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Tax cuts no cure for middle-class economic woes

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Contact: Nan Gibson (202) 331-5546 or Brian Lustig (202) 331-5530

Slow Income, Wage Growth; Declining Health Care Coverage; Manufacturing Job Losses Persist

Washington, D.C. – The strong economy of the past few years has lifted the fortunes of most workers. Low-wage workers have benefited from both the tight labor market and the increase in the minimum wage, while the wealthy continue to enjoy wage and income growth and reap huge gains from the stock market run-up. However, for middle-class workers, wages and benefits have not improved throughout the economic recovery, leaving them barely ahead of where they were a decade ago and still trailing well behind growth in labor productivity, according to a new study released this Labor Day by the Economic Policy Institute (EPI).

Some policymakers argue that cutting the federal income taxes paid by middle-income workers is the best way to deal with their stagnant living standards. According to Citizens for Tax Justice, middle-income families would receive an average tax cut worth about $278 under the current tax cut proposals – at best, a one-time adjustment that does nothing to change the long-term trends in wages and incomes. The labor market problems facing the typical family are felt before any taxes are taken out of their paychecks, so cutting federal income taxes is not a sufficient policy tool for raising the fortunes of the middle-class.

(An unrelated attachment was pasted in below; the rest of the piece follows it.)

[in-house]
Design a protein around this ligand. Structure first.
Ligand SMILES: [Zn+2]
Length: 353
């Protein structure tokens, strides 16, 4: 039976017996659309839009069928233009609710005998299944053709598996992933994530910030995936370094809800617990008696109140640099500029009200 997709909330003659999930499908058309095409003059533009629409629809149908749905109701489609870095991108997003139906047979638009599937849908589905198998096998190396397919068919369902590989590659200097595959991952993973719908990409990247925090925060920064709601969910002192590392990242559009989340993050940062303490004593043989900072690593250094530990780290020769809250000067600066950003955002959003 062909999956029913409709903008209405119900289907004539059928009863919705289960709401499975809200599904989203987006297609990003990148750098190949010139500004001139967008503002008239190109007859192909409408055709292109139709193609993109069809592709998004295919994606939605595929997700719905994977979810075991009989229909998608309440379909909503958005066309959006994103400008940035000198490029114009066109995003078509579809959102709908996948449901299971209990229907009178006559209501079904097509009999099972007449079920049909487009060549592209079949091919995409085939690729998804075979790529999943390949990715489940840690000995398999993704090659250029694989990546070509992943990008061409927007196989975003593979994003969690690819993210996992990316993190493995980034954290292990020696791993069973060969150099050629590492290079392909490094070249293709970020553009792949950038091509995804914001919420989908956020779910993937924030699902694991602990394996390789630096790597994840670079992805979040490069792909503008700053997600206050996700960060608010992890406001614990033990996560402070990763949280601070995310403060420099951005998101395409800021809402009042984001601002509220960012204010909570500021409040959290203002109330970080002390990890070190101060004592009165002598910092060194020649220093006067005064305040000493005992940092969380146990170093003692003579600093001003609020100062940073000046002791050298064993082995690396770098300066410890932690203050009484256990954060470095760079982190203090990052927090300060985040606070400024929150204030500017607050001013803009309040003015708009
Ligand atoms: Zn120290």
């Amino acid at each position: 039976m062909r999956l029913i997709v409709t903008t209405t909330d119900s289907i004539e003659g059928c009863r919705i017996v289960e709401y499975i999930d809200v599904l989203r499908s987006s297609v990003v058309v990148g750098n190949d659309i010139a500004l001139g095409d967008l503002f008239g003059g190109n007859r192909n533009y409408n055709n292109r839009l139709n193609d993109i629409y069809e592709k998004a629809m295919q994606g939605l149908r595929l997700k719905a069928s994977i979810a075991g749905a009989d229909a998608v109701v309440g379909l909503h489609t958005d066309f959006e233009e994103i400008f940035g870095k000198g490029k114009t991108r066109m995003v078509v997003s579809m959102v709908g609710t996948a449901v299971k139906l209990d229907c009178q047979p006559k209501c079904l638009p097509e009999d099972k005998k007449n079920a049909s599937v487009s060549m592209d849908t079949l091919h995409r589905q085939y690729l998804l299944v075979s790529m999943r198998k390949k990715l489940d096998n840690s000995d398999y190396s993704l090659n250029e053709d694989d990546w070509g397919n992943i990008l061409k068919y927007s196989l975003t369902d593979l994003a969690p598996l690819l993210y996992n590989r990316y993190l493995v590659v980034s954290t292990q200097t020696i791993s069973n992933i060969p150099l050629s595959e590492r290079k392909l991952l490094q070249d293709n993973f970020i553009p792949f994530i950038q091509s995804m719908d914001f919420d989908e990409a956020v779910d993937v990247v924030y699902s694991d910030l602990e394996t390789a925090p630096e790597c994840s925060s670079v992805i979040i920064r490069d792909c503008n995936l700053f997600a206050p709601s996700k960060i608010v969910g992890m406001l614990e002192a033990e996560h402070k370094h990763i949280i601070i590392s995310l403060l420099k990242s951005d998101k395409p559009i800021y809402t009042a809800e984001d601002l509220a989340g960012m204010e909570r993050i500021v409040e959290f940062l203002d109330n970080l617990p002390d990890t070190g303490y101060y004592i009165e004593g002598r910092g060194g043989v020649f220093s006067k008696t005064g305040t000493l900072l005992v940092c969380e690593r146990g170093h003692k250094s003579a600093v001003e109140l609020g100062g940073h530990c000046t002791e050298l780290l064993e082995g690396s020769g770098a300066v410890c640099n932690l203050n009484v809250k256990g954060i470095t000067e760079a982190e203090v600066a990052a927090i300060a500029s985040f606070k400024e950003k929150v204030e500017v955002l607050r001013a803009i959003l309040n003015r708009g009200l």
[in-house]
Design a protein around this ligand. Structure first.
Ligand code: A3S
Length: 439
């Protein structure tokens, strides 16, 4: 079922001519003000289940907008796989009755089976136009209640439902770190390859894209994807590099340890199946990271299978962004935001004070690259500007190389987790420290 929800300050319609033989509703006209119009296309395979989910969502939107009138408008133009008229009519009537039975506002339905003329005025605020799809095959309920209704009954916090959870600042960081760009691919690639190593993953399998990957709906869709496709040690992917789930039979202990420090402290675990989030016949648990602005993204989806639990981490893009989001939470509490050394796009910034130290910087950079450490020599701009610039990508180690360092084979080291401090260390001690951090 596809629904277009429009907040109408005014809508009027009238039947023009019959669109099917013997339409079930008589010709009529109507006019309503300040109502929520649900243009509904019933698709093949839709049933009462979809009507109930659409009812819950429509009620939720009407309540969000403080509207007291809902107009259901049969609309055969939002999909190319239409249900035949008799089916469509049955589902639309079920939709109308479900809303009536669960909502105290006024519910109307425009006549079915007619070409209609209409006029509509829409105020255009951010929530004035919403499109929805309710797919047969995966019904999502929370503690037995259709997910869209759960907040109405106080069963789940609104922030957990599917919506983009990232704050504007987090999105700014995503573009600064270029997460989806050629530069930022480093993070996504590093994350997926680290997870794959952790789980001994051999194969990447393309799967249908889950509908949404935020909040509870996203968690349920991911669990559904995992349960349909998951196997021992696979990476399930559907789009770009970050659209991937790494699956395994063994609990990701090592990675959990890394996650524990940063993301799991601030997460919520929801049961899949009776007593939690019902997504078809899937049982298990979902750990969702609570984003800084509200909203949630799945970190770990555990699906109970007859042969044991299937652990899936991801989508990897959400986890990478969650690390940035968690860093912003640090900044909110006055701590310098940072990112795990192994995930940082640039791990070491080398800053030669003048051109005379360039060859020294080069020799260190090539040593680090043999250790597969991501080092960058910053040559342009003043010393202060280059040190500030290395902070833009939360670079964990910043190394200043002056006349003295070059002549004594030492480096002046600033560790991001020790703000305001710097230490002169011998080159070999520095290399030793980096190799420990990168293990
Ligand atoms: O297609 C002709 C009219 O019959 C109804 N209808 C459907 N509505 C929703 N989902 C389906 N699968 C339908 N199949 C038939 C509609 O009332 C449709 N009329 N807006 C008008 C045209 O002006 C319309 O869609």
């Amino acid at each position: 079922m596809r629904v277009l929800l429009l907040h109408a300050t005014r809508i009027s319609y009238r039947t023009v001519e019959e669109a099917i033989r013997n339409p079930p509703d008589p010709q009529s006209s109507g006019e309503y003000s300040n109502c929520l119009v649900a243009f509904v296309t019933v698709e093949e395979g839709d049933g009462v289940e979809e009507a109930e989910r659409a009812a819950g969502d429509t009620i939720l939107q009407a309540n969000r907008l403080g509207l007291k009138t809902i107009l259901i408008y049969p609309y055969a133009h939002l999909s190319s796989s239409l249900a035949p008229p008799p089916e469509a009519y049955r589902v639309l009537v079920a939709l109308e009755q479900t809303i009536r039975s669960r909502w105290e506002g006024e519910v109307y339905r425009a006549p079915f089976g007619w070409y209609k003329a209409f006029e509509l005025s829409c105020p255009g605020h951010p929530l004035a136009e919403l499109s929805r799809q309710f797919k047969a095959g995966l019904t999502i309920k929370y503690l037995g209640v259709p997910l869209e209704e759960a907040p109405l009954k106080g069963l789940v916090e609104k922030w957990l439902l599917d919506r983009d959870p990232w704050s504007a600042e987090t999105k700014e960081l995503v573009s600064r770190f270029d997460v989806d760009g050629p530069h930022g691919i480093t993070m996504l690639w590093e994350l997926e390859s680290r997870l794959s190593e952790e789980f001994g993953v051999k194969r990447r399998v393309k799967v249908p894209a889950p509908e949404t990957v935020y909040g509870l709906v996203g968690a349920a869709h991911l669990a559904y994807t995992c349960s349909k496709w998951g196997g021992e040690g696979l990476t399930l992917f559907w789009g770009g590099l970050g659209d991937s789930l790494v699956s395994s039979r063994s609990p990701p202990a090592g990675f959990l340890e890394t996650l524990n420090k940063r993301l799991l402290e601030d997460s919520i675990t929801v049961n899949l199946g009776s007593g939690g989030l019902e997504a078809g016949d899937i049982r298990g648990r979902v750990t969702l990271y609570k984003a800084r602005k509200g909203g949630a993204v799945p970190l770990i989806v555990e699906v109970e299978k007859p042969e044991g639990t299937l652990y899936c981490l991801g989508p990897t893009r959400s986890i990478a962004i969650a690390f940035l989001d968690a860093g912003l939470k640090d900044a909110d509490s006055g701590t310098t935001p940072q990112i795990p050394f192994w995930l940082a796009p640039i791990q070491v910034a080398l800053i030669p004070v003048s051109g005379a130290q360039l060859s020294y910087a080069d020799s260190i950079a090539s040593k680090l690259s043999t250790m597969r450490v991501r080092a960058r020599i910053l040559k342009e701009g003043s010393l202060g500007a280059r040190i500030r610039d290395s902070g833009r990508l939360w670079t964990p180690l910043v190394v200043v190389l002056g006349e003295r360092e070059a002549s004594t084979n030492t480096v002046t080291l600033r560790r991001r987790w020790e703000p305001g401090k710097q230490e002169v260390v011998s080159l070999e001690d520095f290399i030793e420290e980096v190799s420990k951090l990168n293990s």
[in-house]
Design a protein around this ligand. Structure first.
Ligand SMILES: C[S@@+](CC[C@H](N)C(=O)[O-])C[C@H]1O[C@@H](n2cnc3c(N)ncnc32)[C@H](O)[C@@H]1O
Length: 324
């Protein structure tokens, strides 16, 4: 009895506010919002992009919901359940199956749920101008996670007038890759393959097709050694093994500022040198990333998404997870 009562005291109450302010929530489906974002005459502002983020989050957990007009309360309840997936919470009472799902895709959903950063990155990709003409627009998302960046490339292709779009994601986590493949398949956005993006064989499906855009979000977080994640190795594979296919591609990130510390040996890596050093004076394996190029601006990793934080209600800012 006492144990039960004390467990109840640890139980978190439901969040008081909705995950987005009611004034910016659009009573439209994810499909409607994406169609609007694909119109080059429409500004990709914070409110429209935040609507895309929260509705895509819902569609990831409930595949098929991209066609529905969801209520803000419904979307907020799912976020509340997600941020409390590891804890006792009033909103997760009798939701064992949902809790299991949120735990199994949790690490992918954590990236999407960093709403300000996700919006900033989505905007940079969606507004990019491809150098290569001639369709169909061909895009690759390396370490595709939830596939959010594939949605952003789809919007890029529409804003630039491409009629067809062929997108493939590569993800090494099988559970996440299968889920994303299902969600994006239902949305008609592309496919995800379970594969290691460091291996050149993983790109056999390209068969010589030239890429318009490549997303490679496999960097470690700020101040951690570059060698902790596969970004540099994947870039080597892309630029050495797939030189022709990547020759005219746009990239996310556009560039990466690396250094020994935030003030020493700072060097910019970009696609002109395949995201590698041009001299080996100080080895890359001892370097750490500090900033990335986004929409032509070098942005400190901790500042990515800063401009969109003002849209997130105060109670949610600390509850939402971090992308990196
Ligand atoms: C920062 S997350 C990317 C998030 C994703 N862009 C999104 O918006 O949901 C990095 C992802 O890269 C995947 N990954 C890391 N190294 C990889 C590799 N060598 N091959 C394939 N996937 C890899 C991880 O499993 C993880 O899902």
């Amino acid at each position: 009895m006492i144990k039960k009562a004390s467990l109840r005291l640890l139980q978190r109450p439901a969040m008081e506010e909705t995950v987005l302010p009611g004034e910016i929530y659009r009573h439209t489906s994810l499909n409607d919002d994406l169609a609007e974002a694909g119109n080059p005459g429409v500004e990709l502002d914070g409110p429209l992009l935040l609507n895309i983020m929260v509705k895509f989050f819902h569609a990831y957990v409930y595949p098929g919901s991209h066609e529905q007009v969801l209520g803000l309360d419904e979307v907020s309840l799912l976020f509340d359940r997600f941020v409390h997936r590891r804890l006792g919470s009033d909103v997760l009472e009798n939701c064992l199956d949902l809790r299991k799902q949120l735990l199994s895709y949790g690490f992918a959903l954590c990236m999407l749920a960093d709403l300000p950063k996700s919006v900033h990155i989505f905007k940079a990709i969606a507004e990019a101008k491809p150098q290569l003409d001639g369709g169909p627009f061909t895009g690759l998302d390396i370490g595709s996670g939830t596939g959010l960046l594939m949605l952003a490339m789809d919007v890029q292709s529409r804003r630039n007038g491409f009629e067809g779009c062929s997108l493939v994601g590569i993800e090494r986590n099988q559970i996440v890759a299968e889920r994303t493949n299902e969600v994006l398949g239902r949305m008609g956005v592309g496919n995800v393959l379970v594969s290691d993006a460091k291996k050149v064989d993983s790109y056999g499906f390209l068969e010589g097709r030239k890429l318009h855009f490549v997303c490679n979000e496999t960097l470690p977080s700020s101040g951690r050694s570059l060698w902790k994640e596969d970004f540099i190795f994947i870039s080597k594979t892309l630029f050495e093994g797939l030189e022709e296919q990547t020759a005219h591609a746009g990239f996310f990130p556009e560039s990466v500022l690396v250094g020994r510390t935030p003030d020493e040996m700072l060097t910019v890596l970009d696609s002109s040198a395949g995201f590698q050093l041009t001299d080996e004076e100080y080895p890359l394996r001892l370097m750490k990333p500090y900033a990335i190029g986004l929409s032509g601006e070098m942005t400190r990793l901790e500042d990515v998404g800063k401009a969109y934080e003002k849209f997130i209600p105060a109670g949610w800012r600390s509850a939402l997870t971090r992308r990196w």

Tax Cut No Cure for Middle Class Economic Woes, by EPI economists, Jared Bernstein, Edie Rasell, John Schmitt, and Robert E. Scott, examines three aspects of the labor market which have contributed to the difficulties facing middle-class workers over the past decade: hourly wage trends of workers in the middle of the wage distribution (by gender and education); changes in employment within the manufacturing sector, an important generator of middle-class jobs; and the availability of employer-provided health insurance, a further indicator of how middle-class workers are faring. The report also contains 1998-99 state-by-state median wage data.

By 1997, median family income had just recovered to its pre-recession level. Though it has risen over the past few years, at $44,468 the income of the median family is less than $300 above its 1989 level (in 1997 dollars). Furthermore, the modest income gains that middle-class families have realized have come mostly as a result of working more hours, a sign that living standards for these workers have not improved as much as the highly touted nature of economic growth might suggest.